5) Rio Bravo -- favorite sick day movie, i.e., lying on the couch, dozing, can pick it up at any point because I know it so well

6) The Thing (From Another World) -- the 1951 original, second favorite sick day movie

7) The Apartment -- once wrote out chunks of the dialogue longhand just to see how it flowed on paper. One of my all-time favorite movies

8) Casablanca -- I'd say my favorite movie of all-time

9) Man's Favorite Sport? -- which popped into my head because Paula Prentiss in a comic role is one of my favorite movie pleasures

10) Singin' In The Rain -- love the title song scene, but it's "The Broadway Melody" sequence that plays like a reminder in my head about not getting sidetracked from the pure pleasure i get when I write

11) A Hard Day's Night -- the fact that it was so difficult to see a movie back when I was a kid (no cable, no DVD, no tapes) made the act of tracking it down, at drive-ins, revival theaters, etc., such a pleasure

12) 2001: A Space Odyssey -- saw this in the theater when I was seven. The collision of my space program obsession with my future film obsession altered my head for life

13) The Sting -- saw this in the theater with my father and little brother. My dad's shoulders slumped when Redford and Newman were shot (just another anti-hero downer, he thought) then hearing his gasp of delight when it proves otherwise is another of those permanent pleasures ...

14) The General -- without which there would not have been three months of blogging about silent movies, which I enjoyed ...

15) Pandora's Box -- which along with Diary of a Lost Girl has inspired a, so-far, 2700 word essay about Louise Brooks, destined to crack 3000 words before I'm done.

There. 14:43. Fifteen minutes.

The Jestaplero said...

Fifteen movies that will always stick with me, by the Jestaplero!

4:15pm

1) Help! When I was a kid, my friend and I memorized every line of this movie instead of A Hard Day's Night, for some reason. It spoke to us, and I also like the music a little better.

2) The Train. One of my dad's favorite films, when it was on the Late Show I could stay up late with him. I was already a huge sucker for WWII anything, and this had a scene with a Spitfire in it.

3) The General. Another one of my dad's favorites, couldn't get enough of it, probably saw it a dozen times. Sometimes they would show it on Saturday afternoon at my town's (single-screen) theater.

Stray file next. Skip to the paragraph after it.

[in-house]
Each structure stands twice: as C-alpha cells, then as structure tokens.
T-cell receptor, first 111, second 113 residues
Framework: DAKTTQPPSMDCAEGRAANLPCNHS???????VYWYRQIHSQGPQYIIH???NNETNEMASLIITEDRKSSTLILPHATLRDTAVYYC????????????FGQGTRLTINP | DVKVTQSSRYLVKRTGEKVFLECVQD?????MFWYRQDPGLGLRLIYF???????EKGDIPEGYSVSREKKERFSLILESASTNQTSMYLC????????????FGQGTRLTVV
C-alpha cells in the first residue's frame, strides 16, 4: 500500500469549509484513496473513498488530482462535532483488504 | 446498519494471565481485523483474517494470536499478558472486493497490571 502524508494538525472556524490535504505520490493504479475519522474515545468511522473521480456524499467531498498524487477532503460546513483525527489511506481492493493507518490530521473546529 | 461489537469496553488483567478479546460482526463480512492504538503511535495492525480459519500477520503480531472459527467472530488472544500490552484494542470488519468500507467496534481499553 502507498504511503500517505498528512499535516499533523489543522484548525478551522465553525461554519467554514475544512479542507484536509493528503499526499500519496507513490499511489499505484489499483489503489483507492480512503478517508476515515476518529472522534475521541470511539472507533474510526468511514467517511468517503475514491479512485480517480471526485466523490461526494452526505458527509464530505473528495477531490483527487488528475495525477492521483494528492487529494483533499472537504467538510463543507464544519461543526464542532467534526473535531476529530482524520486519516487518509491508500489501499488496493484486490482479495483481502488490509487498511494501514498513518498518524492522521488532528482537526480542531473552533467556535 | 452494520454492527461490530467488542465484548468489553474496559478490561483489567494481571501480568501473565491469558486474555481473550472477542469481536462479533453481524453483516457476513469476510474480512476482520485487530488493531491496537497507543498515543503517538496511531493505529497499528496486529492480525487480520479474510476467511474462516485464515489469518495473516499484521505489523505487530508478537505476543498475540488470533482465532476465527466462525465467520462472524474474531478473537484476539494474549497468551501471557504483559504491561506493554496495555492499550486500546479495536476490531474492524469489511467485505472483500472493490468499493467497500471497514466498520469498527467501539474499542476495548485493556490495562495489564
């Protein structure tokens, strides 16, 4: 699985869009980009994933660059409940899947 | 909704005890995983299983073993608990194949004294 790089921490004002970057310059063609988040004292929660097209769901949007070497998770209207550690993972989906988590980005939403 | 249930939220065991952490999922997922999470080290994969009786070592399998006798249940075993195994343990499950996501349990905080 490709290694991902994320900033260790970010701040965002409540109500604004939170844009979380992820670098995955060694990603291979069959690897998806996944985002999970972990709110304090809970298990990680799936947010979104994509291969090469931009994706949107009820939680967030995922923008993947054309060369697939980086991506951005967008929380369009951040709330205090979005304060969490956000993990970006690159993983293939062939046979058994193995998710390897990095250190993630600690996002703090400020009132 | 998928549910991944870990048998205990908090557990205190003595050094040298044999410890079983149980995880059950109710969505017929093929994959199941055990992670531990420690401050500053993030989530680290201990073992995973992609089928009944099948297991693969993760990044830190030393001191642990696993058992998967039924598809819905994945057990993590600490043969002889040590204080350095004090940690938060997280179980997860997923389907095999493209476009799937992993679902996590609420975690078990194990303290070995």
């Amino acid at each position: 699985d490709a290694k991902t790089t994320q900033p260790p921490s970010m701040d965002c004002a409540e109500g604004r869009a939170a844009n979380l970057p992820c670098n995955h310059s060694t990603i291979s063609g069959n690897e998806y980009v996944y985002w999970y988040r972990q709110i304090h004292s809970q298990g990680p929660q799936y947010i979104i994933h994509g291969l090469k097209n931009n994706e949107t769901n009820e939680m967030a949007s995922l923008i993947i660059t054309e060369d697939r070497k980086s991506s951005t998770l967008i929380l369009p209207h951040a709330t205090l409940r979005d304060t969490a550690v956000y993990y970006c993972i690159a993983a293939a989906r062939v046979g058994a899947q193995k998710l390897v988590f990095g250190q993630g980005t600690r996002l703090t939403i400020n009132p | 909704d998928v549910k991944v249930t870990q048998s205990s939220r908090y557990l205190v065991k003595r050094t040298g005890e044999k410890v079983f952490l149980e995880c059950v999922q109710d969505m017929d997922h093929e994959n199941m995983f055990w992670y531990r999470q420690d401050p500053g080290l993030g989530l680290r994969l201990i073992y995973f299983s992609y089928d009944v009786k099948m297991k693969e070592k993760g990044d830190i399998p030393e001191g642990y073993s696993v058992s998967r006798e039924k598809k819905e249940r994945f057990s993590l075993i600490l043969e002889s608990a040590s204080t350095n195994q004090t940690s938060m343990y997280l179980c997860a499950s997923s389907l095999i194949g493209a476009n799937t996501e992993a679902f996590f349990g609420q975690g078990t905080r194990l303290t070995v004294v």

4) Duel. Scared ths shit out of me and really haunted me for a long time, long before I knew what a "Steven Spielberg" was.

5) Yellow Submarine. My dad owned a 16mm print of it, only feeding my burgeoning Beatles geekdom.

6) Love and Death. One of the funniest movies ever. "No, YOU must be Don Francisco's sister!"

7) Annie Hall.

8) Manhattan.

Woody took over there, for a while.

9) A Bridge Too Far. Can't turn it off when it comes on the TV.

10) The Matrix. During law school I must have watched it 100 times. It was the only way I could cope.

11) Animal House. Junior year of high school....it was "our" movie.

12) Empire Strikes Back. There's almost no limit to how many times I can watch this. Must have seen it six times in its first run at Springfield Mall multiplex, alone.

13) The Godfather I. My parents took me to see it at a drive-thru. My first exposure to cinematic nudity and excessive violence, in such unlikely circumstances.

14) Concert for George. The greatest concert film of all times? And the closest thing to a Beatles reunion concert.

15) Walk Hard: The Dewey Cox Story. "Beatles! Stop fighting here in India!" First movie Erica and I adopted as our own.

I could talk about 50 more...

4:30pm

The Jestaplero said...

Drive-thru? I guess they were really called "Drive-ins"

Jean Siskill said...

jessie, ya beat me to it!